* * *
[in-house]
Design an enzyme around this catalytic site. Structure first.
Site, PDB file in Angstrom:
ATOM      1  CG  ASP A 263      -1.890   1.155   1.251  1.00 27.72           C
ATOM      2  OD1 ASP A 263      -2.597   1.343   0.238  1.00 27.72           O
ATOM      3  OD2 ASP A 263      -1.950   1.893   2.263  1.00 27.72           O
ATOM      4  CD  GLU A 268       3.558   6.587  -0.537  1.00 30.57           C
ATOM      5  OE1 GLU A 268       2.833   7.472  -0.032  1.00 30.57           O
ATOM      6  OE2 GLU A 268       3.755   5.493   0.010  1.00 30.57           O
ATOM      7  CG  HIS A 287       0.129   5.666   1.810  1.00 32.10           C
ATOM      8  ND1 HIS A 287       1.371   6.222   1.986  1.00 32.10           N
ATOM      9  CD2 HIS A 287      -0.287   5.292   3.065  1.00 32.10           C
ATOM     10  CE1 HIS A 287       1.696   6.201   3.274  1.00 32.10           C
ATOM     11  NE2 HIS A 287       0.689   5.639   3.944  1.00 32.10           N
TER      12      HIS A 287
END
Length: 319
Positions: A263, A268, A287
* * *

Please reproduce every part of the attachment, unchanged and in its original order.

[in-house]
Design an enzyme around this catalytic site. Structure first.
Site, PDB file in Angstrom:
ATOM      1  CG  ASP A 263      -1.890   1.155   1.251  1.00 27.72           C
ATOM      2  OD1 ASP A 263      -2.597   1.343   0.238  1.00 27.72           O
ATOM      3  OD2 ASP A 263      -1.950   1.893   2.263  1.00 27.72           O
ATOM      4  CD  GLU A 268       3.558   6.587  -0.537  1.00 30.57           C
ATOM      5  OE1 GLU A 268       2.833   7.472  -0.032  1.00 30.57           O
ATOM      6  OE2 GLU A 268       3.755   5.493   0.010  1.00 30.57           O
ATOM      7  CG  HIS A 287       0.129   5.666   1.810  1.00 32.10           C
ATOM      8  ND1 HIS A 287       1.371   6.222   1.986  1.00 32.10           N
ATOM      9  CD2 HIS A 287      -0.287   5.292   3.065  1.00 32.10           C
ATOM     10  CE1 HIS A 287       1.696   6.201   3.274  1.00 32.10           C
ATOM     11  NE2 HIS A 287       0.689   5.639   3.944  1.00 32.10           N
TER      12      HIS A 287
END
Length: 319
Positions: A263, A268, A287